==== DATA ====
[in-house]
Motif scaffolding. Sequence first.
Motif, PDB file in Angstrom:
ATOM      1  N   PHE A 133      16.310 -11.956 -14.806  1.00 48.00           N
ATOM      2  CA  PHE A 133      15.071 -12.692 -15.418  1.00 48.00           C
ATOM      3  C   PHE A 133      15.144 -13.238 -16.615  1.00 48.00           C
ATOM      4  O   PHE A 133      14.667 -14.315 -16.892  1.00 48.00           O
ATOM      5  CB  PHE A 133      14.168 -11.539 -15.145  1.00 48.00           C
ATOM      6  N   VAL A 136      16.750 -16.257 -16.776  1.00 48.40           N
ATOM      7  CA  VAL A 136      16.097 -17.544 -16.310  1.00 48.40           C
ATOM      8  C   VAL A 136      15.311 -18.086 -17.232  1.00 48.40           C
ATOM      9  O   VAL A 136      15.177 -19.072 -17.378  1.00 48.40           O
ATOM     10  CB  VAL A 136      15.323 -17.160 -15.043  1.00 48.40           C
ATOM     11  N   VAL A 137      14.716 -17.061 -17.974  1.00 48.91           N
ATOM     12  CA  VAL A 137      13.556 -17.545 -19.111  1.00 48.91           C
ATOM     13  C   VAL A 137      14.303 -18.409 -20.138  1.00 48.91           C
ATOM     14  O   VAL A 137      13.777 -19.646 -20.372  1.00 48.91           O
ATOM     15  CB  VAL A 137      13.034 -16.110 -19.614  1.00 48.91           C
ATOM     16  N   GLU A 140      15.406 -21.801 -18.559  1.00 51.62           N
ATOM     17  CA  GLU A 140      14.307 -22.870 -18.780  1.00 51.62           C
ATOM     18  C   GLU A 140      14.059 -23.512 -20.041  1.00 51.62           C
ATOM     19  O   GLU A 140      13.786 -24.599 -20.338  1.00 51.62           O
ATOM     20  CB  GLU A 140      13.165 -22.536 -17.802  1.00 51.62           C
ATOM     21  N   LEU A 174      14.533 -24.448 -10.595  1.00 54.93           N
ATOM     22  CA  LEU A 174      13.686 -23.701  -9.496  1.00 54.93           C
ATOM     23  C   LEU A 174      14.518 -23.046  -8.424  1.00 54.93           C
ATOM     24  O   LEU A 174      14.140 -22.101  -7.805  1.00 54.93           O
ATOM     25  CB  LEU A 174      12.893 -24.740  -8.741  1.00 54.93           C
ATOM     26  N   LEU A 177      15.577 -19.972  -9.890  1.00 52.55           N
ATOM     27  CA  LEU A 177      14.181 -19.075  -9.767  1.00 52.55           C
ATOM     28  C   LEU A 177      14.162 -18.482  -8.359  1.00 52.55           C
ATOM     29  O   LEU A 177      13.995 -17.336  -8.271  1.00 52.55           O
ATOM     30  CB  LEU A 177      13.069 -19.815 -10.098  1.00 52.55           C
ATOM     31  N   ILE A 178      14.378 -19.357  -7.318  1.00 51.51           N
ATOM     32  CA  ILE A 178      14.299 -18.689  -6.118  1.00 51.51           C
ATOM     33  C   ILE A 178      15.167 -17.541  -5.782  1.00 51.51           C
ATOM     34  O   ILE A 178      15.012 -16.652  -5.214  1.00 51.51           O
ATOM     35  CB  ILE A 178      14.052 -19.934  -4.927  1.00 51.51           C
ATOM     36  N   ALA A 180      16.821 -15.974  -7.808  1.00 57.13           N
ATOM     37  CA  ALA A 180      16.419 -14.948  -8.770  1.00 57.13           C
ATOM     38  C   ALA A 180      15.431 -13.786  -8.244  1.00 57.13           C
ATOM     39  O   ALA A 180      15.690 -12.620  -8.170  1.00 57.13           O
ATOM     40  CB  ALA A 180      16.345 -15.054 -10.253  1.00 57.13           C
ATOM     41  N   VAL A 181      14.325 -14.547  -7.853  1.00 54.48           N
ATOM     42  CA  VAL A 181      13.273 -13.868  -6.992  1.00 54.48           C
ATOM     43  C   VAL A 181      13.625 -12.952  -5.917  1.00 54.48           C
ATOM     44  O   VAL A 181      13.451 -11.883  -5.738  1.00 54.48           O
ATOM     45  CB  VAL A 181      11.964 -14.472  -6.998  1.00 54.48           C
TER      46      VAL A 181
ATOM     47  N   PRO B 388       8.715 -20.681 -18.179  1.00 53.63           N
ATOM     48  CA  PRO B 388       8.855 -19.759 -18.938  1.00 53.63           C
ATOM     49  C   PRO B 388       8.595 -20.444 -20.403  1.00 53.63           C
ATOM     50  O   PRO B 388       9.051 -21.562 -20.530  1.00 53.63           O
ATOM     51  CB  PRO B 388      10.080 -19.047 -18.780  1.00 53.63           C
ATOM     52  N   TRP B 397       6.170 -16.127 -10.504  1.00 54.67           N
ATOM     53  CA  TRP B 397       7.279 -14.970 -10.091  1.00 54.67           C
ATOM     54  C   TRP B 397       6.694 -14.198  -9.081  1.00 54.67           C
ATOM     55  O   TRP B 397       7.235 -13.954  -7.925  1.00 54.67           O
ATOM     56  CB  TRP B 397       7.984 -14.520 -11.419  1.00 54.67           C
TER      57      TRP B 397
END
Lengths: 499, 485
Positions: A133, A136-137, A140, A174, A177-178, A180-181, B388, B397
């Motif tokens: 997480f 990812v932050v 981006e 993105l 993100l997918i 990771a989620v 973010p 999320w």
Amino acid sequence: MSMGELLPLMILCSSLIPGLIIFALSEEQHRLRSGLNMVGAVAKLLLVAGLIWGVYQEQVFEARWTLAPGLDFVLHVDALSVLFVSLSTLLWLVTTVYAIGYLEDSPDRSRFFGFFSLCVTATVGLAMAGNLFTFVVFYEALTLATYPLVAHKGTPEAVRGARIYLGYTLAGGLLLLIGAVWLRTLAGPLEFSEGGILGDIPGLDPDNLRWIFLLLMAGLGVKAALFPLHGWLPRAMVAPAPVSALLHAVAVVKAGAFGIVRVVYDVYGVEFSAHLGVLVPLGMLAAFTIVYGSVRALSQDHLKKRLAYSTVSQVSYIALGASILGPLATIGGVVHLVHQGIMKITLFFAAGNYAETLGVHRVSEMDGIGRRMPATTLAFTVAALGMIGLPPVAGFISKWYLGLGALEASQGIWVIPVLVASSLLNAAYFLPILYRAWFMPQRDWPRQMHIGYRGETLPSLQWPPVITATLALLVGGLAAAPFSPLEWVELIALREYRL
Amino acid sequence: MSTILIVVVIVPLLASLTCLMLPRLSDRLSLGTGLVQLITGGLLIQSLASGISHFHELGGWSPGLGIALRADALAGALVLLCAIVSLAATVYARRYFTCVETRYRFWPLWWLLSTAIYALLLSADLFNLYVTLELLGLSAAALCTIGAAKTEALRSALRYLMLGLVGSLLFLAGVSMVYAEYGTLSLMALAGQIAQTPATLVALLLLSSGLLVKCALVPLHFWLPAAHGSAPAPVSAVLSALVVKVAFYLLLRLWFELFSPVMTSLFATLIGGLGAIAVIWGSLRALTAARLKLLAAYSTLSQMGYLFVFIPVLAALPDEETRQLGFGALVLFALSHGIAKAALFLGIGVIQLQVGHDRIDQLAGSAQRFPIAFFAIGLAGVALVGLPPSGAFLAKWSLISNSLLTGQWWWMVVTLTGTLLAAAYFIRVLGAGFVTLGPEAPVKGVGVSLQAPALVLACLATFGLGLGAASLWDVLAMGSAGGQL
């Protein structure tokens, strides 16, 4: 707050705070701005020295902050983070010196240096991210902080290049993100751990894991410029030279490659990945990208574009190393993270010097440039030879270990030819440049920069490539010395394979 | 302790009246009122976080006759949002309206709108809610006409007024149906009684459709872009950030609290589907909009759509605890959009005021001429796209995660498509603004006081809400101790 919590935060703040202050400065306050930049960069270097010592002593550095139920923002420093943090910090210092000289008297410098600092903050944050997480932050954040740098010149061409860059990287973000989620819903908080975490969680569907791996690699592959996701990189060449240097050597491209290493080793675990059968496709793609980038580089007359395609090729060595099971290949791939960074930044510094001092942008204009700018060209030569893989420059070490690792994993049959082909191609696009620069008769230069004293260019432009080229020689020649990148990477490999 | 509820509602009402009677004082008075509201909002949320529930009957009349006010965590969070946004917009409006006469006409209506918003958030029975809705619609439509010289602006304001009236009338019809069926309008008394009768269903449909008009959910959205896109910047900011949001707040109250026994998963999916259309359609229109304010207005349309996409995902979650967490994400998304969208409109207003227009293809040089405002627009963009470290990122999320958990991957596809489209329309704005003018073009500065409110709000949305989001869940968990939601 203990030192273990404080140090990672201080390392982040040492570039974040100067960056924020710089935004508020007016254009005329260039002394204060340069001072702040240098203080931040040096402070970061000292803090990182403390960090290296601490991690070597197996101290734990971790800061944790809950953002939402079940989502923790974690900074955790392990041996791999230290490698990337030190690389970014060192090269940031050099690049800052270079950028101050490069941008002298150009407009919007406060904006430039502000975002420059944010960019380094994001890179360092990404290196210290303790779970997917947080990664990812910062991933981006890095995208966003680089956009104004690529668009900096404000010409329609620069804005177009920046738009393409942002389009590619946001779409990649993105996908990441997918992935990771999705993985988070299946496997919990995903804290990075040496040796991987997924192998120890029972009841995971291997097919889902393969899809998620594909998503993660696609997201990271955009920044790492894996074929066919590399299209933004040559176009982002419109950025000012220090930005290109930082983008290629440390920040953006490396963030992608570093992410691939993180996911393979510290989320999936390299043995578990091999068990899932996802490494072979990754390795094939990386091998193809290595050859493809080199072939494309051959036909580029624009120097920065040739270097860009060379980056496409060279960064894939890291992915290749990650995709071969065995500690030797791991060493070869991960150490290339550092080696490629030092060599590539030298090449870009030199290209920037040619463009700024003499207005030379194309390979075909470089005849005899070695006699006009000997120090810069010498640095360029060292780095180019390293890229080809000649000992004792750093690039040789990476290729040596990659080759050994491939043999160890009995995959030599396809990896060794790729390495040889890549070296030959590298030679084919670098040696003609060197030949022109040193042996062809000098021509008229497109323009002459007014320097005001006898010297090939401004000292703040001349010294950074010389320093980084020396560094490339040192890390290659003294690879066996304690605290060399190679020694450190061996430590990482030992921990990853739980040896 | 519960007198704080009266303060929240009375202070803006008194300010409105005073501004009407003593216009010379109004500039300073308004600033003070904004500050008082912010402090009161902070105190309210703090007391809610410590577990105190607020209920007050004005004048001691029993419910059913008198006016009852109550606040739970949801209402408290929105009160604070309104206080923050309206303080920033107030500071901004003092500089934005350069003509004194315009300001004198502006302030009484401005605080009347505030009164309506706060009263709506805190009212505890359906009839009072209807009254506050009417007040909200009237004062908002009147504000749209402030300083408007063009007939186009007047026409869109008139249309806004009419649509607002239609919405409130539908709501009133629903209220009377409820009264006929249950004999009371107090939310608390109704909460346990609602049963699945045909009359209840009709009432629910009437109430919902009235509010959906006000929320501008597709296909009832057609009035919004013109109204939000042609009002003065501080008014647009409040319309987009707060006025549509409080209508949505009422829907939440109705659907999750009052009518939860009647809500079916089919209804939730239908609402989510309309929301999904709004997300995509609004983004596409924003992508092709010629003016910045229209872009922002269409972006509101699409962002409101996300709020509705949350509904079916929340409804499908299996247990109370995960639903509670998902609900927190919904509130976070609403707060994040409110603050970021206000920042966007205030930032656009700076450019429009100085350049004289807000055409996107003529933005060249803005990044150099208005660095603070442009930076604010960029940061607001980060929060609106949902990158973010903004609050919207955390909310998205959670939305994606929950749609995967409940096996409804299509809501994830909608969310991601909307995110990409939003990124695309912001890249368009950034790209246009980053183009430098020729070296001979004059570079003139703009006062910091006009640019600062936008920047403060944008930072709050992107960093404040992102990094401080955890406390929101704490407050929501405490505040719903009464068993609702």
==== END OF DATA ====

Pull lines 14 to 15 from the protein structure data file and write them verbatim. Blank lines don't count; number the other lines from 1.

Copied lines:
ATOM     11  N   VAL A 137      14.716 -17.061 -17.974  1.00 48.91           N
ATOM     12  CA  VAL A 137      13.556 -17.545 -19.111  1.00 48.91           C